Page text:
Arizona Land and PropertyEdit This Page
From FamilySearch Wiki
The value of land records lies in the fact that land was highly sought after and the transactions were recorded from the time settlers began to arrive. Therefore,they are consistent and continuous record of many ancestors' lives. Land records can be used to learn where and when an individual lived in certain areas, and often reveal useful and interesting family information.
Arizona was a “federal-land” (public-domain) state, where unclaimed land was surveyed, then granted or sold by the government through federal and state land offices. The first sale of a piece of land from the government was called a land patent and the first owner of the land was called a patentee. Later when the land was sold or mortgaged by private owners the document was called a deed. The transactions were recorded at the office of the county register of deeds. Family history researchers usually use land records from county offices. Records from federal and state offices can also have genealogical value. For detailed descriptions of land record types see United States Land and Property.
If you are new to land research, you may wish to read the Beginner’s corner and other articles included on the United States Land and Property page.
The first land grants in Arizona were given by Spain and Mexico. Some of the early records were kept by the Secretary's Office of New Mexico at http://www.sos.state.nm.us/. A helpful published source of information about these grants is:
- John R. and Christine Van Ness, Spanish and Mexican Land Grants in New Mexico and Colorado. Manhattan, Kansas: AG Press, 1980. (Family History Library book 978 R2s).
When the United States acquired the area in 1848, it agreed to recognize prior claims. The claims were processed by the U.S. Surveyor General from 1855 to 1890, and by the U.S. Court of Private Land Claims from 1891 to 1903. The Family History Library has microfilm copies of the following records which are located at the Bureau of Land Management, New Mexico State Office. Most of the documents are indexed and written in either English or Spanish:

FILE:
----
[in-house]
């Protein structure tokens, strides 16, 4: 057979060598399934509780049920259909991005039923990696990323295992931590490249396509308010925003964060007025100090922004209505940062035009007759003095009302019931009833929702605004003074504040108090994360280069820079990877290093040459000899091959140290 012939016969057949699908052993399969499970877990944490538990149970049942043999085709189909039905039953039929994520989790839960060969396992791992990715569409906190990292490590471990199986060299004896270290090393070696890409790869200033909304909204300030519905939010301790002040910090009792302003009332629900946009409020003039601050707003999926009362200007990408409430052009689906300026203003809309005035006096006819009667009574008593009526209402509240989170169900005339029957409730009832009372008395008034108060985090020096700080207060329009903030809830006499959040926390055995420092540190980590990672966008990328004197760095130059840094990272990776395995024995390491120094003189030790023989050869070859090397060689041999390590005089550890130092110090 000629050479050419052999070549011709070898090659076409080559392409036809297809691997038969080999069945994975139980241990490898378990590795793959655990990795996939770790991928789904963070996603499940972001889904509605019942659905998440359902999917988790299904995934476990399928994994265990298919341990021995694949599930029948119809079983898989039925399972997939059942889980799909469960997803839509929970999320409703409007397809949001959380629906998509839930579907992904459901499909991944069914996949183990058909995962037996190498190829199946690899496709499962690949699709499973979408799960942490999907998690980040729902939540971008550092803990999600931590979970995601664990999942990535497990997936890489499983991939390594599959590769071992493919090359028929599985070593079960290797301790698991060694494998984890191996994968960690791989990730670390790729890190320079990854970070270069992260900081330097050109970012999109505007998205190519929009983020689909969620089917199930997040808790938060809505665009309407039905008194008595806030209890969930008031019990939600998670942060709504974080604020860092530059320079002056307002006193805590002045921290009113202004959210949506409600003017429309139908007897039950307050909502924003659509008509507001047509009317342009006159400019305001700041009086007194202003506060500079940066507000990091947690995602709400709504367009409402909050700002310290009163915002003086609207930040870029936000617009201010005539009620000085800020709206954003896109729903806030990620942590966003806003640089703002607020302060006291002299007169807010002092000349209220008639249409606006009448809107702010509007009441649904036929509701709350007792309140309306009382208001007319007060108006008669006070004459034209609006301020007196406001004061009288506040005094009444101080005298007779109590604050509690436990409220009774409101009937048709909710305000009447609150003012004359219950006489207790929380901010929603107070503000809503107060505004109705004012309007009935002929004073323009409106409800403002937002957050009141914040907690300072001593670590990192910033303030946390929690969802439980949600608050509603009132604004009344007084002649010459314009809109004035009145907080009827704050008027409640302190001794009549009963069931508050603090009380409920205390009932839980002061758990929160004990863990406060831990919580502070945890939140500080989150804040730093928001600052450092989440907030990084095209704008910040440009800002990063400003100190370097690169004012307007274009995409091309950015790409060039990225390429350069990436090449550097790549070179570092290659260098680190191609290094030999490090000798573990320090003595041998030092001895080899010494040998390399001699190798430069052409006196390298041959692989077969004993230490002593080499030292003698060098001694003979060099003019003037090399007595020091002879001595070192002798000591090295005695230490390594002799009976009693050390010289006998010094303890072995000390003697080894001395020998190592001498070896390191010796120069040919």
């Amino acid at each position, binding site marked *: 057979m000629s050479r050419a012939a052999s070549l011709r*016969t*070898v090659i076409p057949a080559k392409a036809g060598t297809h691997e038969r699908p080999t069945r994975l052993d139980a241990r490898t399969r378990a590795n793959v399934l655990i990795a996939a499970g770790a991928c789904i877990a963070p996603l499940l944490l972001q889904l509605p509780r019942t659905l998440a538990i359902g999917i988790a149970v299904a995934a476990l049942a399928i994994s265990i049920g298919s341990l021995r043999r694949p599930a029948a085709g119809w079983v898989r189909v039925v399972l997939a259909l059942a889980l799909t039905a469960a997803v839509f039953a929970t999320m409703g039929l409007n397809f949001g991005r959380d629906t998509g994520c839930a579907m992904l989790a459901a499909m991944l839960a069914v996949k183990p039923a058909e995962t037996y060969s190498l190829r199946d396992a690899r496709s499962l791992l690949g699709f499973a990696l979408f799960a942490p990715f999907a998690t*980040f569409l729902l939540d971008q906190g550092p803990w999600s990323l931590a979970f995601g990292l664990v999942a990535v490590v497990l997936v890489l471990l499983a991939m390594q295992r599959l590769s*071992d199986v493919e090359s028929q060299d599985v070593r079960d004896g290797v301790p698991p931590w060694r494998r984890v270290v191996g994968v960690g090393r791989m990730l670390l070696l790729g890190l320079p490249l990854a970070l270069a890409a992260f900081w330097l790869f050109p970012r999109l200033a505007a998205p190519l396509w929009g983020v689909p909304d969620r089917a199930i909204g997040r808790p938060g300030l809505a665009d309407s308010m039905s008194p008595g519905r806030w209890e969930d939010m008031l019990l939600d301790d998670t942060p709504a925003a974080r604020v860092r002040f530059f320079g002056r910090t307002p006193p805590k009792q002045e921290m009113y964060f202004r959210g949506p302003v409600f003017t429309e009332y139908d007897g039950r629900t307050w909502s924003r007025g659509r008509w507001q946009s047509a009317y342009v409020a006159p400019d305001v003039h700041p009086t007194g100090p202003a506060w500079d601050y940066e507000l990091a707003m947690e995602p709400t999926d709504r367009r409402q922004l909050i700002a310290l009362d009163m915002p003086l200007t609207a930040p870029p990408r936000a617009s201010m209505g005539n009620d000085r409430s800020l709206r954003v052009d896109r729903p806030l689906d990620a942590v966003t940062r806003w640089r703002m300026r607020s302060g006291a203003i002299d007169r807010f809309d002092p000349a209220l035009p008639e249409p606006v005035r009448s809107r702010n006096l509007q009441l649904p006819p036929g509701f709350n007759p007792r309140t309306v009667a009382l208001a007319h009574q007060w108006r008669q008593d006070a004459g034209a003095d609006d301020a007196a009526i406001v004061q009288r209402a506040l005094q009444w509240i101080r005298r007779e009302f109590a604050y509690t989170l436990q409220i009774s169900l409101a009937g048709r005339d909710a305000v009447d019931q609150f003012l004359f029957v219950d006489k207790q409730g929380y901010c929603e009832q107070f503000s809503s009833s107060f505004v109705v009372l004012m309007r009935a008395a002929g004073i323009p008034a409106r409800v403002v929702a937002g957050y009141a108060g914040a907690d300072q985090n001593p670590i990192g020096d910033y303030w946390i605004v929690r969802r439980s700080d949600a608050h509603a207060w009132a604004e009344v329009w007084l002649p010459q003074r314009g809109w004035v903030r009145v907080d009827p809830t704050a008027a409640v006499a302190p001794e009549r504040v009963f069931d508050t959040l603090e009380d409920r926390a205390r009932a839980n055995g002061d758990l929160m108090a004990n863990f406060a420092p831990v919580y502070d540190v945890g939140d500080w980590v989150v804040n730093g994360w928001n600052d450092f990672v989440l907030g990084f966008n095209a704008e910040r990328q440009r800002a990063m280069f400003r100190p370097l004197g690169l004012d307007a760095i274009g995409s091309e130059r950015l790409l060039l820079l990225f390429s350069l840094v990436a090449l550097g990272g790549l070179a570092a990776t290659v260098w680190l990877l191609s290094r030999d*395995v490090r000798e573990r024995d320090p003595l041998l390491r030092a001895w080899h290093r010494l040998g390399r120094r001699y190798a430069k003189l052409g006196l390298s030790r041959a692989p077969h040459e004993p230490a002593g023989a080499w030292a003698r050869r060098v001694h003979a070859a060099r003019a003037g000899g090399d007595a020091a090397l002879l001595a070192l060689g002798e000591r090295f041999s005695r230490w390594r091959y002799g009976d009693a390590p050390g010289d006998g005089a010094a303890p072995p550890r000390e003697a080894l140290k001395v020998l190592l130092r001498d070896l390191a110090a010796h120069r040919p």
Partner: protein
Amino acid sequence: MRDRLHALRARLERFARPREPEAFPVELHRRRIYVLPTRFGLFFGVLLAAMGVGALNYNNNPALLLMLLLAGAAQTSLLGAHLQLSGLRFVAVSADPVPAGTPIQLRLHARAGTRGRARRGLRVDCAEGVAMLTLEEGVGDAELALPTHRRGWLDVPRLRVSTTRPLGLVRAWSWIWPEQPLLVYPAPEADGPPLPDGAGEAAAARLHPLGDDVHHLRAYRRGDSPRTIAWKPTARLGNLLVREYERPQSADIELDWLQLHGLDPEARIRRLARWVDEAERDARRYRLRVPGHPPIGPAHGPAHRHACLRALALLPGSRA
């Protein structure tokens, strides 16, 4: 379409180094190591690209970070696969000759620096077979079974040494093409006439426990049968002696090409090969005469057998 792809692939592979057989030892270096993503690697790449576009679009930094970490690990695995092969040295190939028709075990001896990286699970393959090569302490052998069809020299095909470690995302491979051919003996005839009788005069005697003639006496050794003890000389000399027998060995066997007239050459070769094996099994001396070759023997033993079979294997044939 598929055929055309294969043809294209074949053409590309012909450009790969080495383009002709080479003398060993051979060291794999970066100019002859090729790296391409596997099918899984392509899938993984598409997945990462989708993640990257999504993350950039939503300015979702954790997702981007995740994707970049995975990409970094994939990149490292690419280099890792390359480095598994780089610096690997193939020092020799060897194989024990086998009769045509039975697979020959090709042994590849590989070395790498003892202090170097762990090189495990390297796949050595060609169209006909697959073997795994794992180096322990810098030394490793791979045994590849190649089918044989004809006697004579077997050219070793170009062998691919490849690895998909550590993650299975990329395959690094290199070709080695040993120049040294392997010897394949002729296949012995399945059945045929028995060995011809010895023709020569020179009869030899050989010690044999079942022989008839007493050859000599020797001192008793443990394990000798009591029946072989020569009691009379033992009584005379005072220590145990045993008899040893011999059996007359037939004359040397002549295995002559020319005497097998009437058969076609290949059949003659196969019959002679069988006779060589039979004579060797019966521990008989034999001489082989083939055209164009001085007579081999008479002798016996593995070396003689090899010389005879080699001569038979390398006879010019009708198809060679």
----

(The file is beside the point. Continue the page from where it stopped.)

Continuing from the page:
- Miscellaneous records for 1695-1842. (Family History Library films 1016947-48; use Vigil's Index, 1681-1846, on film 1106949.)
- Land titles kept by the Secretary of the Territory for the years 1847-1852. (Family History Library film 1016950; use Vigil's Index, 1681-1846, on film 1016949.)
- U.S. Surveyor General's records for 1855-1890. (Family History Library films 1016950-74 items 2-4; the index is on film 1016950 items 2-4.)
- U.S. Court of Private Land Claims 1891-1903. (Family History Library films 1016975-96; the docket listing the cases is on film 1016975.)
Public Domain Land
Unclaimed land became public domain and was surveyed and sold to private owners through land offices. The first General Land Office was established in 1870 at Prescott. Other offices were at Florence, Tucson, and Phoenix, Arizona. Most of these records, along with mining, timber, and homestead entries, are at the National Archives - Pacific Region formerly at Laguna Niguel, now at Riverside CA. A few records are at the National Archives - Rocky Mountain Region in the Denver area at Lakewood CO.
Most of the land in Arizona was originally obtained from the US federal government by patent. These General Land Office Records are searchable online and most have free images of patents to download. The minimum information needed for a search is the state where the land is located and the name of the person receiving the patent. Surveys and Land Status Records can also be searched here.
Private Land Records
All land and property records between private owners are kept by the Recorder in each county. These records include maps of subdivisions. Deed records are indexed by Grantor and Grantee. Mortgages and Miscelaneous records are also indexed.
The Maricopa County Recorder has led the way in Arizona and accross the nation to make recorded records available online, with images of all records from 1 Jan 1871 to present being made available online without charge. Most other counties permit online access only to recent records.